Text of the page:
• The Last Whalers

  • Three Years in the Far Pacific with a Courageous Tribe and a Vanishing Way of Life
  • By: Doug Bock Clark
  • Narrated by: Jay Snyder
  • Length: 11 hrs and 23 mins
  • Unabridged Audiobook
  • Categories: History, Asia
  • 4.4 out of 5 stars (48 ratings)
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Publisher's Summary

In this "immersive, densely reported, and altogether remarkable first book [with] the texture and color of a first-rate novel" (New York Times), journalist Doug Bock Clark tells the epic story of the world's last subsistence whalers and the threats posed to a tribe on the brink.

A New York Times Notable Book​
A New York Times Editors' Choice
Winner of Lowell Thomas Travel Book Award Silver Medal
Finalist for William Saroyan International Writing Prize
Longlisted for Mountbatten Award for Best Book
Telegraph Best Travel Books of the Year
Hampshire Gazette Best Books of 2019

One of the favorite books of Yuval Noah Harari, author of the classic best seller Sapiens, "on the subject of humanity's place in the world" (via Airmail).

On a volcanic island in the Savu Sea so remote that other Indonesians call it "The Land Left Behind" live the Lamalerans: a tribe of 1,500 hunter-gatherers who are the world's last subsistence whalers. They have survived for half a millennium by hunting whales with bamboo harpoons and handmade wooden boats powered by sails of woven palm fronds. But now, under assault from the rapacious forces of the modern era and a global economy, their way of life teeters on the brink of collapse.

Award-winning journalist Doug Bock Clark, one of a handful of Westerners who speak the Lamaleran language, lived with the tribe across three years, and he brings their world and their people to vivid life in this gripping story of a vanishing culture. Jon, an orphaned apprentice whaler, toils to earn his harpoon and provide for his ailing grandparents, while Ika, his indomitable younger sister, is eager to forge a life unconstrained by tradition, and to realize a star-crossed love. Frans, an aging shaman, tries to unite the tribe in order to undo a deadly curse. And Ignatius, a legendary harpooner entering retirement, labors to hand down the Ways of the Ancestors to his son, Ben, who would secretly rather become a DJ in the distant tourist mecca of Bali.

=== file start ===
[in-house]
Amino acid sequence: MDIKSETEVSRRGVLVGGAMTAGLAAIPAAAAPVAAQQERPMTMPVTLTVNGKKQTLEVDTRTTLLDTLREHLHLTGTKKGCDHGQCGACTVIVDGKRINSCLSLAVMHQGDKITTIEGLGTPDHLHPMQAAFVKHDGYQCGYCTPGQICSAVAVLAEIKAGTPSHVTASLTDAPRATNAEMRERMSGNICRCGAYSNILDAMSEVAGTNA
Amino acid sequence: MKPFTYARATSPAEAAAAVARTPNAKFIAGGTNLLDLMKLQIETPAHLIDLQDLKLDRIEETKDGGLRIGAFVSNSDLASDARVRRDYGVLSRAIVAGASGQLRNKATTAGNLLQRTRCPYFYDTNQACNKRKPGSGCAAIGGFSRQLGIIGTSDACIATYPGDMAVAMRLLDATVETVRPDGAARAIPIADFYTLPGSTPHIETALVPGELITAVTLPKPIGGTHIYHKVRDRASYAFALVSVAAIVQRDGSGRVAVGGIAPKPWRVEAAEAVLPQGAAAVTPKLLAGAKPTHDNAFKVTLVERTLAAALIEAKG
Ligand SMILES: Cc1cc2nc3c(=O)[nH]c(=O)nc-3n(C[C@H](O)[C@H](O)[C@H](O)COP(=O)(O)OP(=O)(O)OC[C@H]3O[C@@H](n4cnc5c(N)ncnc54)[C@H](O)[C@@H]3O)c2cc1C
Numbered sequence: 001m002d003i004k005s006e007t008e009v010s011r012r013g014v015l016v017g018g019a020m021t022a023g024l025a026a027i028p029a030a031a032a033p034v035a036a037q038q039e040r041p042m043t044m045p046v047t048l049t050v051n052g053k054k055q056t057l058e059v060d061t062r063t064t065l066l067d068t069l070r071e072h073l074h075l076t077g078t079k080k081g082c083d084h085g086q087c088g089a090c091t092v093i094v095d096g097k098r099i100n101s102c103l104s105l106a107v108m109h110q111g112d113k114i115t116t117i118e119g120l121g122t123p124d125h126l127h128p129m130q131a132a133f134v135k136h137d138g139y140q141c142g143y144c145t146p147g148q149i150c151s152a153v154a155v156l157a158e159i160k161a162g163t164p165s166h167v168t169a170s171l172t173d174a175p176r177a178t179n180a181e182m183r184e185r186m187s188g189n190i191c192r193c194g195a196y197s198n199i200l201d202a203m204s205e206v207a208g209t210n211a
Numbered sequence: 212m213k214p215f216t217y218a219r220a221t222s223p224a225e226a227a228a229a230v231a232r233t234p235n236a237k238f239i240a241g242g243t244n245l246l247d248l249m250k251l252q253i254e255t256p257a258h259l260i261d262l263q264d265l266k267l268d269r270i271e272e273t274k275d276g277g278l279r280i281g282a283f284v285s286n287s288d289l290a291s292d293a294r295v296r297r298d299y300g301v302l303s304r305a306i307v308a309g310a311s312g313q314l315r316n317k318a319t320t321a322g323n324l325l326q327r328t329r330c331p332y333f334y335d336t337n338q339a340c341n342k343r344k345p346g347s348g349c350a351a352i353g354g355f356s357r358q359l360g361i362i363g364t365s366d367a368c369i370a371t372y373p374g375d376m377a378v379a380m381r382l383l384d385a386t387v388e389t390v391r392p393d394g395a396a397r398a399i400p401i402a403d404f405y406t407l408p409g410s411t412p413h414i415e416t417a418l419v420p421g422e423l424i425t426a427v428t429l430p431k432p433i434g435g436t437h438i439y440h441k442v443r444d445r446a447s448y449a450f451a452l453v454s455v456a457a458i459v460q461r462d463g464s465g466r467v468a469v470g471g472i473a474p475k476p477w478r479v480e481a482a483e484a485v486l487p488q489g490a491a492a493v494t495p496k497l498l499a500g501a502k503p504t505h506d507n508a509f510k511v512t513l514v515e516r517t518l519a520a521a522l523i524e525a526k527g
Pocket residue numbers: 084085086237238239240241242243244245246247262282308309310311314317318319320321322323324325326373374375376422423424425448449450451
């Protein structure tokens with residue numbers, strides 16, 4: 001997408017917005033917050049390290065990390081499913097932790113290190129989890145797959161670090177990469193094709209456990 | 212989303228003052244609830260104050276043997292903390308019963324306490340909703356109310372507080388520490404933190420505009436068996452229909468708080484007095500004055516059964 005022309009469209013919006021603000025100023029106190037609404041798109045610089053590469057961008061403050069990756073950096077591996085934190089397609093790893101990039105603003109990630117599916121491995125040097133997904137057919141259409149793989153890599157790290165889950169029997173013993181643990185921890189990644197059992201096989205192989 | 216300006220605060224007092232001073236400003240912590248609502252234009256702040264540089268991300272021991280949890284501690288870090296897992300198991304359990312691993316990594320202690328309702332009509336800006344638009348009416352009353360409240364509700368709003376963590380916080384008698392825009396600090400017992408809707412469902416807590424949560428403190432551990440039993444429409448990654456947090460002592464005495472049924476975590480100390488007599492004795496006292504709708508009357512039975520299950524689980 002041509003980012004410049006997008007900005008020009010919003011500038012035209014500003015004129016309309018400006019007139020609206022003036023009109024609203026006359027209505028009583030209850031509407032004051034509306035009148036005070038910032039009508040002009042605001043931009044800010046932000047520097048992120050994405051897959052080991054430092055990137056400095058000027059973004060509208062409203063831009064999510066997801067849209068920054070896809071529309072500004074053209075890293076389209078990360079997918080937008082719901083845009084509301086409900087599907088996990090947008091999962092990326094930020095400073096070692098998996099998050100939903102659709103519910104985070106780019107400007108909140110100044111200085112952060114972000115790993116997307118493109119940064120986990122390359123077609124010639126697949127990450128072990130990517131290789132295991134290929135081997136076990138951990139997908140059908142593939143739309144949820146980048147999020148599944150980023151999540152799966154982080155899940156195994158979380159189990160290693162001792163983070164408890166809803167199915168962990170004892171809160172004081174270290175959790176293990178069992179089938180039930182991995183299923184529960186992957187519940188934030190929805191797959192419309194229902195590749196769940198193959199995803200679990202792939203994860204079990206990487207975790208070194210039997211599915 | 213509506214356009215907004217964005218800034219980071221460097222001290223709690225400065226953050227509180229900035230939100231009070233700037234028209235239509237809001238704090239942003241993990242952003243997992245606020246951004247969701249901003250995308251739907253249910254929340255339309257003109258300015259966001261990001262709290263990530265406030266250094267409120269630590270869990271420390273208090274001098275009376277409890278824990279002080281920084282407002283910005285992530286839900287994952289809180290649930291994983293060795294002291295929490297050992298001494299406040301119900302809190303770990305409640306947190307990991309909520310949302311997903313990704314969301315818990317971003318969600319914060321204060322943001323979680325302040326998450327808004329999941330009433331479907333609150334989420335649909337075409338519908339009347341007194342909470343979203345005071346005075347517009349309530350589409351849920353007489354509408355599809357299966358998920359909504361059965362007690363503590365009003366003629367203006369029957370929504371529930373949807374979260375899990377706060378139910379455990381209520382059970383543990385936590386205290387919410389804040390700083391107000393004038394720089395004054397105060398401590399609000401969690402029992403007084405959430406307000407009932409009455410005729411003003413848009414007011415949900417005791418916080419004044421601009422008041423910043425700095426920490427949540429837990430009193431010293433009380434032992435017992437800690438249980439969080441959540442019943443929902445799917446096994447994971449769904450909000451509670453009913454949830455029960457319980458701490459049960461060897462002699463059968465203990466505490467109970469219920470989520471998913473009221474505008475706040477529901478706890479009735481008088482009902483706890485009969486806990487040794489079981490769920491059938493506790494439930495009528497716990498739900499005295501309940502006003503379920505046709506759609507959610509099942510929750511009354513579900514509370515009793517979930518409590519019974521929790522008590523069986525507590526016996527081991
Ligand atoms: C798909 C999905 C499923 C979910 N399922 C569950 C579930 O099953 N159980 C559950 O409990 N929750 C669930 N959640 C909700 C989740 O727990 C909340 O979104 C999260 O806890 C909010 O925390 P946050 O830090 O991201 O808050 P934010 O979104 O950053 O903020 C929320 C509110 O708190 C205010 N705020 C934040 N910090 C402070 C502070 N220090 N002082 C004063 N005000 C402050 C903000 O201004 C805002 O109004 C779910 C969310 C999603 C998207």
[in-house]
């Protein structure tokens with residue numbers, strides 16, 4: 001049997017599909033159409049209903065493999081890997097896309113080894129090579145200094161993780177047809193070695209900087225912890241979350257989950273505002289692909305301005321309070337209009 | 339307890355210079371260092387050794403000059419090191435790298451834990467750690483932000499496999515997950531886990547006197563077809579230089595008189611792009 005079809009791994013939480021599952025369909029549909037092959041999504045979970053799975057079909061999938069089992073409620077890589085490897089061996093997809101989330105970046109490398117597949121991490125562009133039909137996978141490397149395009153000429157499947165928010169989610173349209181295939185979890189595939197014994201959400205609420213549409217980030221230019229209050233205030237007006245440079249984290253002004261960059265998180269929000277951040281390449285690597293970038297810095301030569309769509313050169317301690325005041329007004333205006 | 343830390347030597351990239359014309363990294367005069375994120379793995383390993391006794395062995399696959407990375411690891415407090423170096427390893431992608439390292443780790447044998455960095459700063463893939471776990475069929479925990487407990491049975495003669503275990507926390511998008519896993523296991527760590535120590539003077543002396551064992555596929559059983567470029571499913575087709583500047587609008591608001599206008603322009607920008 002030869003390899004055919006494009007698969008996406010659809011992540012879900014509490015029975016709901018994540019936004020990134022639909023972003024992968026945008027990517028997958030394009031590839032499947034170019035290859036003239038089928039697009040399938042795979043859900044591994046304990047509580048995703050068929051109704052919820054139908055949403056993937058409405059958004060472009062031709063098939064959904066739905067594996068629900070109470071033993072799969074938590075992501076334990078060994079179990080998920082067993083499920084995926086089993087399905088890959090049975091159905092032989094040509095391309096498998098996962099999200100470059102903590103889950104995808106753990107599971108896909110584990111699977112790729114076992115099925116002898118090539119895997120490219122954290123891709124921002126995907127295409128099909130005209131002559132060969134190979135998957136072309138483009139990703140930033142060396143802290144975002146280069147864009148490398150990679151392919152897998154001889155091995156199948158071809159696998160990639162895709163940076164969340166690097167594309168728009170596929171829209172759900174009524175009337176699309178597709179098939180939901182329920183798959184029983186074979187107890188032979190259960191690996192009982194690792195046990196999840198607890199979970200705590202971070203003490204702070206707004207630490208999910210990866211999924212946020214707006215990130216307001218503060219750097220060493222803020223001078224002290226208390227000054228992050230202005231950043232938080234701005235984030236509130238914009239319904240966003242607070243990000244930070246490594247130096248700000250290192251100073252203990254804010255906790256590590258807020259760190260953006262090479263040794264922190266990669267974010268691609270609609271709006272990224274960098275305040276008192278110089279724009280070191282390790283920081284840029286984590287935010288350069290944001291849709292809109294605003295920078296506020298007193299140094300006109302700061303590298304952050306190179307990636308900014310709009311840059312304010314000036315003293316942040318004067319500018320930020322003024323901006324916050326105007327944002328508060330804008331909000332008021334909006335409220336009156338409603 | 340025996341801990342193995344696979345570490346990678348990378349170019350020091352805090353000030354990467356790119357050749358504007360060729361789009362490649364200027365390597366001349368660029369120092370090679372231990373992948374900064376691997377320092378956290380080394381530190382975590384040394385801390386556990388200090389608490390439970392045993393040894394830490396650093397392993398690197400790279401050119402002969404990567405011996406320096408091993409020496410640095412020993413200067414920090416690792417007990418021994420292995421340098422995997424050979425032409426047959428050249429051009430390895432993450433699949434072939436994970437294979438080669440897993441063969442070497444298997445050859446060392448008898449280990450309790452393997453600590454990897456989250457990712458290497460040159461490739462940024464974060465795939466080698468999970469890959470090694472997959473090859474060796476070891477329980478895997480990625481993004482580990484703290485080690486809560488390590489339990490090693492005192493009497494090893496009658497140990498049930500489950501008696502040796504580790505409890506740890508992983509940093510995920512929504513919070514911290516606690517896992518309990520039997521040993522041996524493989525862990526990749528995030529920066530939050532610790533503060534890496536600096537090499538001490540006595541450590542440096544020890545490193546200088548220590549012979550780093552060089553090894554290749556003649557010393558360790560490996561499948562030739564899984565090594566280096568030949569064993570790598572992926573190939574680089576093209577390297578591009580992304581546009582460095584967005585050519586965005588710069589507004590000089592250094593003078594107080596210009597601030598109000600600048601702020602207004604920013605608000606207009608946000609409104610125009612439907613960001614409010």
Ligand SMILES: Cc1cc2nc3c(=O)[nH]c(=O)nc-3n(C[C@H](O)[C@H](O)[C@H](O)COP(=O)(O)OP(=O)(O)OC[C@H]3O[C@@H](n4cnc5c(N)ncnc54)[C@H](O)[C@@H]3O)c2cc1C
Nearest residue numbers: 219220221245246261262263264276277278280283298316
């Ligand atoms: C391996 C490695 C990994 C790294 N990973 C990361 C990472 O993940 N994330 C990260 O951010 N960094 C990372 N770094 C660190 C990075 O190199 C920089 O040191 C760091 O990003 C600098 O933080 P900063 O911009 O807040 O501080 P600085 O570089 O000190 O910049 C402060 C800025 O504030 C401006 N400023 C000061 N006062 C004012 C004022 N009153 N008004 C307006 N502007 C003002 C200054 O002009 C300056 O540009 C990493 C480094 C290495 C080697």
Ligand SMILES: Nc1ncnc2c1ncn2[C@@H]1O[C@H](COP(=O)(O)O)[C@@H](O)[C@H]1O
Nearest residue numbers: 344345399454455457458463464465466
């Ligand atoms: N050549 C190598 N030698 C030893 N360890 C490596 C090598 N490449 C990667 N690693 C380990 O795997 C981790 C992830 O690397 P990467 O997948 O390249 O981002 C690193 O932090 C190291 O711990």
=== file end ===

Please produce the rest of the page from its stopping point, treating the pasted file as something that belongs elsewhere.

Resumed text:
Deeply empathetic and richly reported, The Last Whalers is a riveting, powerful chronicle of the collision between one of the planet's dwindling indigenous peoples and the irresistible enticements and upheavals of a rapidly transforming world.

©2019 Doug Bock Clark (P)2019 Hachette Audio

Critic Reviews

"A gripping story of a community struggling for its very survival, and of the clash between ancient and modern worlds. Clark has a graceful, almost poetic writing style, and his vivid portrait of the Lamalerans and their way of life evokes in the reader a stirring image of a lost world, an ancient society that has somehow stayed virtually untouched by the march of time...until now." (David Pitt, Booklist)

"Doug Bock Clark has delivered us an amazing account of an almost mythological fight - man versus leviathan - and in vivid prose he reveals the most profound truths about both how strong we are and how fragile we are. Part journalism, part anthropology, The Last Whalers is a spectacular and deeply empathetic attempt to understand a vanishing world. I absolutely loved this magnificent book." (Sebastian Junger, number-one New York Times best-selling author of Tribe and The Perfect Storm)

"A fascinating debut.... Accessible and empathetic...Clark creates a thoughtful look at the precariousness of cultural values and the lure of modernization in the developing world." (Publishers Weekly)

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    5 out of 5 stars
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Good book on hunter-gatherer tribe in Indonesia

Would rate it highly, alongside "Don't Sleep, there are Snakes", and "Death in the Rainforest", as a thoughtful account of one of the last hunter-gatherer tribes remaining today. Only niggle is that the narrator completely butchers the few words and paragraphs of Lamaleran/ Indonesian language text pronunciation. It's so bad that it's incomprehensible to a speaker of Bahasa Indonesia; wouldn't have taken much effort to improve on that.

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Super interesting look at an indigenous tribe

In the modern world, it is hard to imagine the way of life of different indigenous people so much different than our own in western civilization. This was an interesting look and forced me to consider the negative impacts of the modern ways of life.

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Great story

It made me rethink my life!!! To hear about the everyday day life of these men and women made me realize how blessed i am as an American nd how easy we have! beautiful writing!